Sunday, February 01, 2009

Extraordinary Flying

A few days ago Old NRO had a post on the F-4 Phantom II that got me to thinking. The F-4 was indeed a great aircraft and I don't mean to take anything from it, but the aircraft I most admire is the North American F-100D.

The F-100 was the first supersonic fighter aircraft in the U. S. inventory. It was used by the U. S. Air Force Demonstration Team,The Thunderbirds, from 1956 until 1969, when it was replaced by the F-4E. I was stationed at their home base, Nellis AFB, in 1967 and was able to see them frequently.

I was not a pilot but, in Vietnam, I was also able to see them in action up close. I was the intelligence troop for small group of Forward Air Controllers (FACs) and sometimes I flew with them in the Cessan O-1, a small single engine observation aircraft. Basically the FAC being low and slow, would mark a target with a white smoke rocket, and then direct the fighter strike aircraft where to put their ordnance.

On one particular occasion I saw the best precision flying I have ever seen. We were putting in an airstrike on what I was sure an enemy ammunition cache with a flight of two F-100Ds. They had expended almost all their ordnance and we had gotten no telltale secondary explosion that normally indicates that there is indeed an ammo cache.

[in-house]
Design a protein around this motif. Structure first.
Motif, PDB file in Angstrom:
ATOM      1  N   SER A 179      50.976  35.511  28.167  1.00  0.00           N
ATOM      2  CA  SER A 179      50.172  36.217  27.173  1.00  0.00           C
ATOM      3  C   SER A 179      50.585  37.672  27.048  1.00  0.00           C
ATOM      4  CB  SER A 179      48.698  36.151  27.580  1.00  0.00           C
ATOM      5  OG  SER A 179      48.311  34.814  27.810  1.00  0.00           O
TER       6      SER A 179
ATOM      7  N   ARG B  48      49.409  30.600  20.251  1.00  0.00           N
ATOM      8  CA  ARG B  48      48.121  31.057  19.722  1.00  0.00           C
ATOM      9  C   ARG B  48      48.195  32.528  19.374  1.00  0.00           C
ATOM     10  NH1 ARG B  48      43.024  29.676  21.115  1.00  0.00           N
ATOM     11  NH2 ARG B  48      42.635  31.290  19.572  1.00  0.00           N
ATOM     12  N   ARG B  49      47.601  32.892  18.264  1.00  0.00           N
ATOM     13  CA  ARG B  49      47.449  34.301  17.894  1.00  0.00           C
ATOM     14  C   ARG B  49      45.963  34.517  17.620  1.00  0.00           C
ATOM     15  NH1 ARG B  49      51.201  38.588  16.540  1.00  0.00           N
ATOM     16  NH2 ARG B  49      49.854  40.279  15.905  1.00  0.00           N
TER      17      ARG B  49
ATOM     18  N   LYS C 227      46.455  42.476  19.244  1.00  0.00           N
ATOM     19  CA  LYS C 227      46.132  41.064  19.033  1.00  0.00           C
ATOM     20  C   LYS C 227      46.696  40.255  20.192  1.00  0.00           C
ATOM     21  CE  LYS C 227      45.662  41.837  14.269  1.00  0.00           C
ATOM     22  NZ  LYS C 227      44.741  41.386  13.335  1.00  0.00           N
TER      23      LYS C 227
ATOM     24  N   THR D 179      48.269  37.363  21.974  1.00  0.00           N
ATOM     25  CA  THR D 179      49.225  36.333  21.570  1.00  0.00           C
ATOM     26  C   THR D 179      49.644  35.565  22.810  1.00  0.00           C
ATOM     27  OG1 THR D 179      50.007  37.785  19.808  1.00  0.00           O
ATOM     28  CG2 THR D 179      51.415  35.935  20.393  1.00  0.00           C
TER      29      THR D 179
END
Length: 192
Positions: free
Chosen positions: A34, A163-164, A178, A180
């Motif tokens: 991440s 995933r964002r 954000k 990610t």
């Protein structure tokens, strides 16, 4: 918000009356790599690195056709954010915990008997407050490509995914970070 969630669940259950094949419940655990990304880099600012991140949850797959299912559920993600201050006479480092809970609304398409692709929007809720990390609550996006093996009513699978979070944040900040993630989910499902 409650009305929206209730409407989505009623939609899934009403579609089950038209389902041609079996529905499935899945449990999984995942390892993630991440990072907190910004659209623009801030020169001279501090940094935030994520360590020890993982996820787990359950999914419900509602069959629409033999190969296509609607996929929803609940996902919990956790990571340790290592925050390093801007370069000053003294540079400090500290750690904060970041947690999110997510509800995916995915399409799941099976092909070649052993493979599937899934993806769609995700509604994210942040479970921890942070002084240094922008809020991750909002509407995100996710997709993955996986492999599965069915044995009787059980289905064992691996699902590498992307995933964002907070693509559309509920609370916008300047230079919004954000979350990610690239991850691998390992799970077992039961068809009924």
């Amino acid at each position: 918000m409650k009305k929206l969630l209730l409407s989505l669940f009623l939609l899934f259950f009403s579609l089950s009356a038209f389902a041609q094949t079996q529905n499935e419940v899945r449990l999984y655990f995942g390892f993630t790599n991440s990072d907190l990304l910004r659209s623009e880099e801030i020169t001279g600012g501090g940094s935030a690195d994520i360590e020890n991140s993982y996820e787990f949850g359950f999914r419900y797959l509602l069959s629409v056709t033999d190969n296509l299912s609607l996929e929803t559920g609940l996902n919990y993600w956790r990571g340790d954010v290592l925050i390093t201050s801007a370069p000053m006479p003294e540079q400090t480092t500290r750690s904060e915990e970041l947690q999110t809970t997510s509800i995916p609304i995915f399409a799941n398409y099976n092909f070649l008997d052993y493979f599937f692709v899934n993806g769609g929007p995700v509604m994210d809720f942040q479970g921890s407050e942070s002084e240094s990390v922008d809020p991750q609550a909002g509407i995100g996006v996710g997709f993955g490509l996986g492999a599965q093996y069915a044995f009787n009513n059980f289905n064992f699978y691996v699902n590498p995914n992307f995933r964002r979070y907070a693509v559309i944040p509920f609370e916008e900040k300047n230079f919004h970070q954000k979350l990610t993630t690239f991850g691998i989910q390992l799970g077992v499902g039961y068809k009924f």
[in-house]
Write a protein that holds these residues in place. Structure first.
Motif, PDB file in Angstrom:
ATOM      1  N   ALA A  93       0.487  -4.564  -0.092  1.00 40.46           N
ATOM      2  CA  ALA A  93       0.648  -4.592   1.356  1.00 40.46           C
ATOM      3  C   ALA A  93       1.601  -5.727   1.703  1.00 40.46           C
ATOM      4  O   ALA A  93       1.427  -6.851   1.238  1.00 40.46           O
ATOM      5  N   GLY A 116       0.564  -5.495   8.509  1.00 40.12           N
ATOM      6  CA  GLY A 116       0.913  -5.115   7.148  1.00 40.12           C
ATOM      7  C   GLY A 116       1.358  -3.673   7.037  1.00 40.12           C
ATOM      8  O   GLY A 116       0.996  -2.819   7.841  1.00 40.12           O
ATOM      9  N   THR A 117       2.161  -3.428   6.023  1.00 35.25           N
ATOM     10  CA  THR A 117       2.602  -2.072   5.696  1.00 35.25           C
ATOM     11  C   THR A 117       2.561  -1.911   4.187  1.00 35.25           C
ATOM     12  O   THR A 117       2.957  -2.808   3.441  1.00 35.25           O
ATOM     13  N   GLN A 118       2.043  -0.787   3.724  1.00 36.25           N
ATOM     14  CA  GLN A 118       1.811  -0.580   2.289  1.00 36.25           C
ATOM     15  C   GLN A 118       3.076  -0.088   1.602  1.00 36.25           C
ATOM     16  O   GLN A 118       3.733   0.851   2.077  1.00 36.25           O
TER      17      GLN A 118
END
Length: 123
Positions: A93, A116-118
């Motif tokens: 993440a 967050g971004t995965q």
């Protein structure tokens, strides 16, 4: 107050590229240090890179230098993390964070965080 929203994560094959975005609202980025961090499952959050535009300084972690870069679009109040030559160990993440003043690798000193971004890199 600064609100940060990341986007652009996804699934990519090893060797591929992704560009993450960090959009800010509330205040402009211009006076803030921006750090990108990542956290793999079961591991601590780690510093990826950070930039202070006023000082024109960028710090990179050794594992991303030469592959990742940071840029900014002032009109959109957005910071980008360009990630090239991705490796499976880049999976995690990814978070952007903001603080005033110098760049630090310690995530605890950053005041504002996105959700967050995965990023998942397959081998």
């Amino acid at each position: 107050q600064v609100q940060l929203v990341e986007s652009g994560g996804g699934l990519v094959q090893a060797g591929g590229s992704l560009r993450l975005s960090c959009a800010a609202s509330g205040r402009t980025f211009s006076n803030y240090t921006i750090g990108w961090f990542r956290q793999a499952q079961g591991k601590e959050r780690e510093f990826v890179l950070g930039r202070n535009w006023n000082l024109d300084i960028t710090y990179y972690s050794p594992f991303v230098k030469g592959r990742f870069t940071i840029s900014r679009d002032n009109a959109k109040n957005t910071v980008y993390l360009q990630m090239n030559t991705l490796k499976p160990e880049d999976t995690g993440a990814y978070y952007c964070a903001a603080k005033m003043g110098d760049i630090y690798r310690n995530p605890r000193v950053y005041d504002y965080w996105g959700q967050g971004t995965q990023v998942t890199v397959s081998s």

The FAC and I discussed this for a moment and then I asked him if he could get one of the F-100s to make a pass with his 20mm air cannon about 10 meters around the outside of the building where we suspected the ammo cache to be. He switched to the fighters frequency on the radio and relayed this to the lead pilot of the F-100s.

The F-100D had four 20mm air cannon mounted in the nose, two on each side. So the next thing I knew, one of the F-100 was in a dive toward the target firing his air cannon. Because the target building was surrounded by rice paddies I could see the 20mm incendiary rounds splashing in the water around the building. The pilot was stitching a near perfect square around the building.

Now in order to do this he had to maneuver the nose of the aircraft with the rudder pedals while flying at a high rate of speed.

When he was just about all the way around the building one of the largest secondary explosions I have ever seen occurred. Then there were several more. We had indeed located an ammo cache and I was able to see some extraordinary flying.

Update: Fixed typo. I never see them until after I hit publish.

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